Neil Tippett, University of Warwick
Dieter Wolke, Lucinda Platt
Bullying, youth, ethnicity
There is compelling evidence that the experience of bullying in childhood adversely impacts on health and life outcomes. To limit this negative impact it is important to identify factors that are associated with being bullied or engaging in bullying behaviours. Ethnicity is one factor which may contribute to exposure to peer victimisation; however, few studies directly address this issue, hence there is continuing debate over whether rates of bullying differ between ethnic groups. The present study aimed to investigate whether there were ethnic differences in bullying involvement (as victim and bully) among a UK wide sample of adolescents.
Participants were 4,668 youths, aged between 10 and 15, who participated in Wave 1 of Understanding Society. Bullying was assessed using multiple self-report measures, and ethnic group was identified using a self-report classification question based on the 2011 National Census. Binary logistic regression models examined ethnic differences across bullying roles while controlling for potential confounders of age, gender, household structure, economic situation and parent-adolescent relationships. Results indicate that overall, ethnic minority youth were no more likely to become victims. Among perpetrators of bullying, both Pakistani and Caribbean youths were more likely to bully others than White youths, however this effect was entirely explained by gender. Pakistani and Caribbean girls were significantly more likely to bully others than White girls.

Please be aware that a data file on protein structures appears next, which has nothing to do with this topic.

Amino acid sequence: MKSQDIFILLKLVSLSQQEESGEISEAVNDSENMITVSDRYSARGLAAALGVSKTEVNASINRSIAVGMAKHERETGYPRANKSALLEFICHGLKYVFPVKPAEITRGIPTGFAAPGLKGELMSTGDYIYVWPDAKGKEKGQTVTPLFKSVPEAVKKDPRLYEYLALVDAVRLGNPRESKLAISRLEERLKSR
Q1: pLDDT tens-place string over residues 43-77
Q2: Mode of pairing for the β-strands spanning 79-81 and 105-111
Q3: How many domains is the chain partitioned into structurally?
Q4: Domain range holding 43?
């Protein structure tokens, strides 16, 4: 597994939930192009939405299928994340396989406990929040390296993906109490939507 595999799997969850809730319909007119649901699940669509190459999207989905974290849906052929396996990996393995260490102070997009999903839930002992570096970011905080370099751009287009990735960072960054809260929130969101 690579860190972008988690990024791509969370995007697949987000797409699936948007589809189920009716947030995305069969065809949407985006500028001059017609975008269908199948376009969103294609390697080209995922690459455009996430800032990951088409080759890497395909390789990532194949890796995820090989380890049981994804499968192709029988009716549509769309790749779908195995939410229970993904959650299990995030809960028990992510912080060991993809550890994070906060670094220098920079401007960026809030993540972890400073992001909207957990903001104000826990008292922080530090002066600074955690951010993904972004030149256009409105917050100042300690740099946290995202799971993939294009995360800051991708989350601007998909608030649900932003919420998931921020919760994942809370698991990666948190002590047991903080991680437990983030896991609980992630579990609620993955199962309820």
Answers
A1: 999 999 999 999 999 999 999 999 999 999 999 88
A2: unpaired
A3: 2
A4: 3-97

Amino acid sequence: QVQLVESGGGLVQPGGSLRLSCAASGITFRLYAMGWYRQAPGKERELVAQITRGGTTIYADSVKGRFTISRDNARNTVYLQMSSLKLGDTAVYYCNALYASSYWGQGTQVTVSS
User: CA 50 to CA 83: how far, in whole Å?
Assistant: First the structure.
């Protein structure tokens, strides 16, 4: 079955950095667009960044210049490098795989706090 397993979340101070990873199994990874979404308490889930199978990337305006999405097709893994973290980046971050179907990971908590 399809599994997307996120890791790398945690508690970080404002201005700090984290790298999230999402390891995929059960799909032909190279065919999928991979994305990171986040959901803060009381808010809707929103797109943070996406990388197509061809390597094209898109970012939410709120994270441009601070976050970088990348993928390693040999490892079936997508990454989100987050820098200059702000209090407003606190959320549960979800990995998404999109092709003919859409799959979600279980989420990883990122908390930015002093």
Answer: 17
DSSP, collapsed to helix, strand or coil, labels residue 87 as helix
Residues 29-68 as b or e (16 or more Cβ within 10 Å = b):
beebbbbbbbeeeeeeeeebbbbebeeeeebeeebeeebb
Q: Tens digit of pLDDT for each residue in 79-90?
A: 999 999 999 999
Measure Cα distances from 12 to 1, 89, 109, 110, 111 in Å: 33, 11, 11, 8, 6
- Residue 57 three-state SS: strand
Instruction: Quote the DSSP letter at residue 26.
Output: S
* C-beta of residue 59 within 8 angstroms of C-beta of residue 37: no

The findings are positive in showing that ethnic minority youth are no more likely to be victimized than white youth. However, the differential involvement found for bullying perpetration opens potential avenues for future research, which should attempt to replicate and investigate why Pakistani and Caribbean girls were found to be more often perpetrators of bullying than girls in other ethnic groups.